When the news that G4S was taking over Birmingham prison transpired, the Prison Officers Association (POA), the union representing 550 prison officers at the prison, threatened to take industrial action over the deal.[9] In response, the government threatened to use the military to “keep order” if prison officers went on strike over the G4S deal. Analysts at JP Morgan said the government's “determined stance” was “good news for outsourcers”. "[Justice secretary] Clarke's determination to use the military to push through privatisation is perhaps evidence of the government's determination to take on public sector unions, which may be a positive sign for the outsourcing trend," the analysts wrote in a note.[10]

The POA had also gone to the High Court to try and block the deal, citing 'unfair advantage' in the bidding process as a reason, because the former chief executive of the National Offender Management Service (Noms) is now employed by G4S as a consultant (see the staff section).[11] Since then, G4S's "incompetent management" of the prison has been shrouded with controversy.[12]

At Wolds prison in East Yorkshire, which has been run by G4S since 1992, a report by HM Inspector of Prisons in April 2012 found that levels of illegal drugs “remained high” and that poor behaviour of some inmates “was not always confronted or addressed.”[13] According to the report, the provision of health care “had worsened” and a third of the single cells that had been doubled up to hold two prisoners were “too cramped, lacked sufficient furniture and had poorly screened toilets.” Moreover, training and learning had “too low a profile, characterised by frequent interruptions and inactivity.” This was particularly seen as a problem given that Wolds is supposed to be a 'training prison'. “In a training prison, it was very poor that 14% of prisoners were either unallocated to activity or unemployed,” the report said.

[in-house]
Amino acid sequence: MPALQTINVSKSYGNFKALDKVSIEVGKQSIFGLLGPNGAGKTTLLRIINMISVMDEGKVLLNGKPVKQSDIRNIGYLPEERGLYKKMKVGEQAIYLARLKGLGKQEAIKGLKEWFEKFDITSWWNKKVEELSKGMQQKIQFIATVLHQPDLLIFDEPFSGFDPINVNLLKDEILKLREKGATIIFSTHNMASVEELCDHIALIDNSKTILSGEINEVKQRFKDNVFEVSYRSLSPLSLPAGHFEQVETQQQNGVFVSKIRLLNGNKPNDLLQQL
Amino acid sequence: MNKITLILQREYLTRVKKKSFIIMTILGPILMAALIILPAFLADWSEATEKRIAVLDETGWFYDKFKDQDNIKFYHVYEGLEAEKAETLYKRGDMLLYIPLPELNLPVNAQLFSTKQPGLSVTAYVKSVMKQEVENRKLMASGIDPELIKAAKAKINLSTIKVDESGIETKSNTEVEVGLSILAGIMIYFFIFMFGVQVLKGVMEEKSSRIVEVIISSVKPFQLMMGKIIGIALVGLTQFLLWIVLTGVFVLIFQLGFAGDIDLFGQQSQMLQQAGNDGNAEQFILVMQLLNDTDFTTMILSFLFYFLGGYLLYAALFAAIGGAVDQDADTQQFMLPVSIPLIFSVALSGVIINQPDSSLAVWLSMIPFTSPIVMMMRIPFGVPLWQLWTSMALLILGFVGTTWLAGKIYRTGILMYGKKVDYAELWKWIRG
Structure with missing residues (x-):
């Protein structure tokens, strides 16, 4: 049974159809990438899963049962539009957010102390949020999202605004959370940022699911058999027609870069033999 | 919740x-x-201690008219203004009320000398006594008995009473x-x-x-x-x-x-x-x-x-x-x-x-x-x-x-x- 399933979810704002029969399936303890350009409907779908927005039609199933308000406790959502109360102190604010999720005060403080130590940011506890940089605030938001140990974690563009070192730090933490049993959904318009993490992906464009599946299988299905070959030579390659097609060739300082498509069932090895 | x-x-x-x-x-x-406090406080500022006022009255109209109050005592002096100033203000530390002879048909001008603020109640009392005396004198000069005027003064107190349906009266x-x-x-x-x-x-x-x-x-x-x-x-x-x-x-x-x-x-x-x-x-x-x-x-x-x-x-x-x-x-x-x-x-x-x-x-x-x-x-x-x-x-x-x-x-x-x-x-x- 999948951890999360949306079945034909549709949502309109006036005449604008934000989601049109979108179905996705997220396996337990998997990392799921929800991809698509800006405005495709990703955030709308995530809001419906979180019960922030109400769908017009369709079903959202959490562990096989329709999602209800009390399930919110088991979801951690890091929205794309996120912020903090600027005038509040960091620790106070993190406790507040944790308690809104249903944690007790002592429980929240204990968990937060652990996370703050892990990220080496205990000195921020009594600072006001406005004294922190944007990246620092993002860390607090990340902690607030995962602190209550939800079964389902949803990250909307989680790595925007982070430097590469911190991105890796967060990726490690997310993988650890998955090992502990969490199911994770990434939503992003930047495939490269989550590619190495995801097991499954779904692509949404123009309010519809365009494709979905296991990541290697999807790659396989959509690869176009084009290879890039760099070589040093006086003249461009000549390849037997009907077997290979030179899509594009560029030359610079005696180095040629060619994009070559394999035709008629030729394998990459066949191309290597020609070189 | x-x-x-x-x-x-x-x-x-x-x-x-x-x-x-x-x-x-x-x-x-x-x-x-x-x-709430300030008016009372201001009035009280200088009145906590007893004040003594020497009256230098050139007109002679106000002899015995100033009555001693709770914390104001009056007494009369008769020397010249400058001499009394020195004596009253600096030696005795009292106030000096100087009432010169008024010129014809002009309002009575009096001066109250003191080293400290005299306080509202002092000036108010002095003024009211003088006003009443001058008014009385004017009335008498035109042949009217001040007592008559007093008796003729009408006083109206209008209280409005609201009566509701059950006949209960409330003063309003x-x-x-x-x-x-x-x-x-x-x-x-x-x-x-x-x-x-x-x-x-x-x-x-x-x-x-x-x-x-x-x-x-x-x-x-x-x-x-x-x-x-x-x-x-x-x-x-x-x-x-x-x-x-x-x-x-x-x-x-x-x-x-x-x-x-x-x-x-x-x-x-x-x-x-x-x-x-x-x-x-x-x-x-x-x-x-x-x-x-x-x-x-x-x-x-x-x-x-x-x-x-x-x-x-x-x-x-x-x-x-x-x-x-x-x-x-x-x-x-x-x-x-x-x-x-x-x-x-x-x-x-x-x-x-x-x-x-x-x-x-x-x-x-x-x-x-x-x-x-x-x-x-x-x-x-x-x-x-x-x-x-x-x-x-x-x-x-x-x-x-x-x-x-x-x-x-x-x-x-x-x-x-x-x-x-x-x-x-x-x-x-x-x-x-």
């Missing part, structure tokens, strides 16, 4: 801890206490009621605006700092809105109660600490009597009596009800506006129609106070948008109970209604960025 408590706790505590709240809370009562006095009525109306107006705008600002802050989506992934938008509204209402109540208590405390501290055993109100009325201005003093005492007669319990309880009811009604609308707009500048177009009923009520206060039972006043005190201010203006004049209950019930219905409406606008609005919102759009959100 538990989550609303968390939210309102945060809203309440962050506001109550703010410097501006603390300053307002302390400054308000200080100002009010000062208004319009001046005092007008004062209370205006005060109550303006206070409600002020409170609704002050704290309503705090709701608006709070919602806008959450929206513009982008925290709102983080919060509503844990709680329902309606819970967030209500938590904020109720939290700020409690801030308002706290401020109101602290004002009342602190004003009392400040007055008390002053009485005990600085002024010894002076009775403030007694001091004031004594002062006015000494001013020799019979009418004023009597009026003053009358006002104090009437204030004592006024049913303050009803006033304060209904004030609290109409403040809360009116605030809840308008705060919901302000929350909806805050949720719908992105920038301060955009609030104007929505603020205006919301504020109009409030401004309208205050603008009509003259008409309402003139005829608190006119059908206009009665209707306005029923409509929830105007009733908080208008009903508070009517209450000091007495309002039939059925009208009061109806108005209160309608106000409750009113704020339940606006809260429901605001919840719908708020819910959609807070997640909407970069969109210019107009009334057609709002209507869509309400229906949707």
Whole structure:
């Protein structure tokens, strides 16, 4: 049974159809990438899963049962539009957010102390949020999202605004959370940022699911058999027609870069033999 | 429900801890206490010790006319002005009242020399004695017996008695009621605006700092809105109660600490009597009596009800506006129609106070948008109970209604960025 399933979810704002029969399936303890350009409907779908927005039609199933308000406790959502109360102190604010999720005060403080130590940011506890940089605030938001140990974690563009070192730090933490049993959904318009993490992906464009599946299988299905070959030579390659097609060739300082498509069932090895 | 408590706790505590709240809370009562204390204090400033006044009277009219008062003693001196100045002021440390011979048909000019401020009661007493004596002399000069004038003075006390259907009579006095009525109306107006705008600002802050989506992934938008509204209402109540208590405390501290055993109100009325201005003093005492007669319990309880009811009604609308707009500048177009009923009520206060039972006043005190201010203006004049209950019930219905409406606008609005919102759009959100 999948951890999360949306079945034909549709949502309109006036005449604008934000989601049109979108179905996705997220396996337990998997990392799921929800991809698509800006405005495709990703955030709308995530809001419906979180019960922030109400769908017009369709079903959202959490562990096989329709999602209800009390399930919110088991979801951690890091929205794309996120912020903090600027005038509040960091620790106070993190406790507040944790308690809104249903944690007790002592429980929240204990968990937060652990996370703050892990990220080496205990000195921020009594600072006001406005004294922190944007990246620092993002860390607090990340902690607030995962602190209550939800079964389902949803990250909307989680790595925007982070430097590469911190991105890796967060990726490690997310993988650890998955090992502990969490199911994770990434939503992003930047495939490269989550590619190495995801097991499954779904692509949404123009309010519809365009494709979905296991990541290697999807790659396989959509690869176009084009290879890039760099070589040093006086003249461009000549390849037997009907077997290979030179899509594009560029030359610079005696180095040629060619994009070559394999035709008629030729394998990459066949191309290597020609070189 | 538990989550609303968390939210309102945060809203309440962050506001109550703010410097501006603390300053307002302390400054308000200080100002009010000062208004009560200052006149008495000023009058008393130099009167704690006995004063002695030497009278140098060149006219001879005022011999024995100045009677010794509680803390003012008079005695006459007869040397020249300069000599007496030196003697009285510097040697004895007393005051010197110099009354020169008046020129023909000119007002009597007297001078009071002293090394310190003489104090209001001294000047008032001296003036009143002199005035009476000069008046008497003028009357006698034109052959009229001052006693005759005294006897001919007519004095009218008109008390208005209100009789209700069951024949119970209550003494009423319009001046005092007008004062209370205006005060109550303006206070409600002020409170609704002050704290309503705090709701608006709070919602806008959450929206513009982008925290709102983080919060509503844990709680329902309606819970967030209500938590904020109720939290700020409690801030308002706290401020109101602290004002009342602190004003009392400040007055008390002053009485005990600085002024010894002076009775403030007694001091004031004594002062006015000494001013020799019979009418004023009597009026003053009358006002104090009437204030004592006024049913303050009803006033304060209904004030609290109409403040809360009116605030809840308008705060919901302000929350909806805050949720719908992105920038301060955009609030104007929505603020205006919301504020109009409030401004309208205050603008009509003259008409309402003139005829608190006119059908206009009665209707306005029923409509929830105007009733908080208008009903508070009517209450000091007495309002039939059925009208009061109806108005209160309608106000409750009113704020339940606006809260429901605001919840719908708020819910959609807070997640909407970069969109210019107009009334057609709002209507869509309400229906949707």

Another controversial aspect of G4S's involvement in the prison industrial complex is its exploitation of the cheap, captive labour of prisoners.[14] G4S has 400 prisoners working 40 hours a week in its six prisons,[15] being paid next to nothing. At Altcourse prison in Liverpool, G4S works with Norpro, an engineering firm that has converted three former metal workshops into a factory floor using 25 prisoners to produce high-quality office furniture “at an economic price”.[16] The enterprise has apparently been “so successful”, or so cheap, that work previously done in India has been brought back to the UK and done in the prison. At Wolds in East Yorkshire, a digital marketing company called Summit Media, which started inside the prison more than a decade ago, now has a turnover of £30 million.[17]

G4S has recently launched a PR campaign entitled "Working Prisons: Working People" to urge the UK business community to “open its mind to the growth opportunities from being involved in ‘working prisons’.”[18] One of the “benefits to business” listed by G4S is “a committed workforce and low overheads”: “We have a dedicated workforce with a variety of skills which can work around business' needs with the minimum of bureaucracy.” G4S hopes that 'working prisons' will “become the norm” in the future.
[1] Lorna WebLey, 'Making Prison History Again', G4S International, issue 2, 2011,
[2] Nathan, Stephen, 'Prison Privatisation in the United Kingdom' in Coyle, Campbell and Neufeld (eds.) Capitalist Punishment: Prison Privatisation and Human Rights. London: Zed Books, 2003. pp.163-4.

[3] ibid.


[10] ibid.

[14] for more on prison labour, see